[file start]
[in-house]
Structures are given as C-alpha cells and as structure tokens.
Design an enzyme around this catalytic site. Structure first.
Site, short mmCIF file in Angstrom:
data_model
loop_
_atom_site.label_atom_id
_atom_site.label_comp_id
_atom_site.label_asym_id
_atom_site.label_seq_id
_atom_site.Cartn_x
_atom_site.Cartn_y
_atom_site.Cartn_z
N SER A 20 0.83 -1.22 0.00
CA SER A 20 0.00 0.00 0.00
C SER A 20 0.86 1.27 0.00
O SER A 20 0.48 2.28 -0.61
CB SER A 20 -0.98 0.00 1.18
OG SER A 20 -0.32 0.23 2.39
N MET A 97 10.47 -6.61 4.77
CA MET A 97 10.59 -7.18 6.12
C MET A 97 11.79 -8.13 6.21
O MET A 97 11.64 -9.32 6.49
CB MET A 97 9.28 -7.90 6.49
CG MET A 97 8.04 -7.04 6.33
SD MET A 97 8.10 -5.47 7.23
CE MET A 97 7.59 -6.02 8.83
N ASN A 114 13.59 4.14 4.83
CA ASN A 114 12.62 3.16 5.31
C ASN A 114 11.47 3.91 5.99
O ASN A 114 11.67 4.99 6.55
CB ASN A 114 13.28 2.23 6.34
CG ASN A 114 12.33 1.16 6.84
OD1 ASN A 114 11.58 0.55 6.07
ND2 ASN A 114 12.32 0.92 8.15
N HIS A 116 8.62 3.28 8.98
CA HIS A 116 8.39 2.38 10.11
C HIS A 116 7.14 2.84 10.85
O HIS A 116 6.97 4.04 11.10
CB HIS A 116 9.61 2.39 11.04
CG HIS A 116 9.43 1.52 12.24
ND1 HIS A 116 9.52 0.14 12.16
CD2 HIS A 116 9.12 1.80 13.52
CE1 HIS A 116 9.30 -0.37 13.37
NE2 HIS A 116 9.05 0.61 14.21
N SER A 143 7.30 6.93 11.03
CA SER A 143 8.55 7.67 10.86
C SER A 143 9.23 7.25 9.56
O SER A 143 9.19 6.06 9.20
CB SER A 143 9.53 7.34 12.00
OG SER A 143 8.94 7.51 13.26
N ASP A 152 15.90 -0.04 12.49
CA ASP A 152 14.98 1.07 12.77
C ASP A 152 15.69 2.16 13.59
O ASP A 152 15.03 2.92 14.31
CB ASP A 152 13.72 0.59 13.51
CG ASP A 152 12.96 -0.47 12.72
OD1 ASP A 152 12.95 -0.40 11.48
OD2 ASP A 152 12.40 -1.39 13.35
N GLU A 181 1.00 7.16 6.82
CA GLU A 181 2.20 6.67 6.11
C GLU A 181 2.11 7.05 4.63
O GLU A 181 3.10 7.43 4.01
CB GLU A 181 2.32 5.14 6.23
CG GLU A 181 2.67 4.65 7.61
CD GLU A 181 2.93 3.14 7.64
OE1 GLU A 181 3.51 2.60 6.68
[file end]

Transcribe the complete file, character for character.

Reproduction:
[in-house]
Structures are given as C-alpha cells and as structure tokens.
Design an enzyme around this catalytic site. Structure first.
Site, short mmCIF file in Angstrom:
data_model
loop_
_atom_site.label_atom_id
_atom_site.label_comp_id
_atom_site.label_asym_id
_atom_site.label_seq_id
_atom_site.Cartn_x
_atom_site.Cartn_y
_atom_site.Cartn_z
N SER A 20 0.83 -1.22 0.00
CA SER A 20 0.00 0.00 0.00
C SER A 20 0.86 1.27 0.00
O SER A 20 0.48 2.28 -0.61
CB SER A 20 -0.98 0.00 1.18
OG SER A 20 -0.32 0.23 2.39
N MET A 97 10.47 -6.61 4.77
CA MET A 97 10.59 -7.18 6.12
C MET A 97 11.79 -8.13 6.21
O MET A 97 11.64 -9.32 6.49
CB MET A 97 9.28 -7.90 6.49
CG MET A 97 8.04 -7.04 6.33
SD MET A 97 8.10 -5.47 7.23
CE MET A 97 7.59 -6.02 8.83
N ASN A 114 13.59 4.14 4.83
CA ASN A 114 12.62 3.16 5.31
C ASN A 114 11.47 3.91 5.99
O ASN A 114 11.67 4.99 6.55
CB ASN A 114 13.28 2.23 6.34
CG ASN A 114 12.33 1.16 6.84
OD1 ASN A 114 11.58 0.55 6.07
ND2 ASN A 114 12.32 0.92 8.15
N HIS A 116 8.62 3.28 8.98
CA HIS A 116 8.39 2.38 10.11
C HIS A 116 7.14 2.84 10.85
O HIS A 116 6.97 4.04 11.10
CB HIS A 116 9.61 2.39 11.04
CG HIS A 116 9.43 1.52 12.24
ND1 HIS A 116 9.52 0.14 12.16
CD2 HIS A 116 9.12 1.80 13.52
CE1 HIS A 116 9.30 -0.37 13.37
NE2 HIS A 116 9.05 0.61 14.21
N SER A 143 7.30 6.93 11.03
CA SER A 143 8.55 7.67 10.86
C SER A 143 9.23 7.25 9.56
O SER A 143 9.19 6.06 9.20
CB SER A 143 9.53 7.34 12.00
OG SER A 143 8.94 7.51 13.26
N ASP A 152 15.90 -0.04 12.49
CA ASP A 152 14.98 1.07 12.77
C ASP A 152 15.69 2.16 13.59
O ASP A 152 15.03 2.92 14.31
CB ASP A 152 13.72 0.59 13.51
CG ASP A 152 12.96 -0.47 12.72
OD1 ASP A 152 12.95 -0.40 11.48
OD2 ASP A 152 12.40 -1.39 13.35
N GLU A 181 1.00 7.16 6.82
CA GLU A 181 2.20 6.67 6.11
C GLU A 181 2.11 7.05 4.63
O GLU A 181 3.10 7.43 4.01
CB GLU A 181 2.32 5.14 6.23
CG GLU A 181 2.67 4.65 7.61
CD GLU A 181 2.93 3.14 7.64
OE1 GLU A 181 3.51 2.60 6.68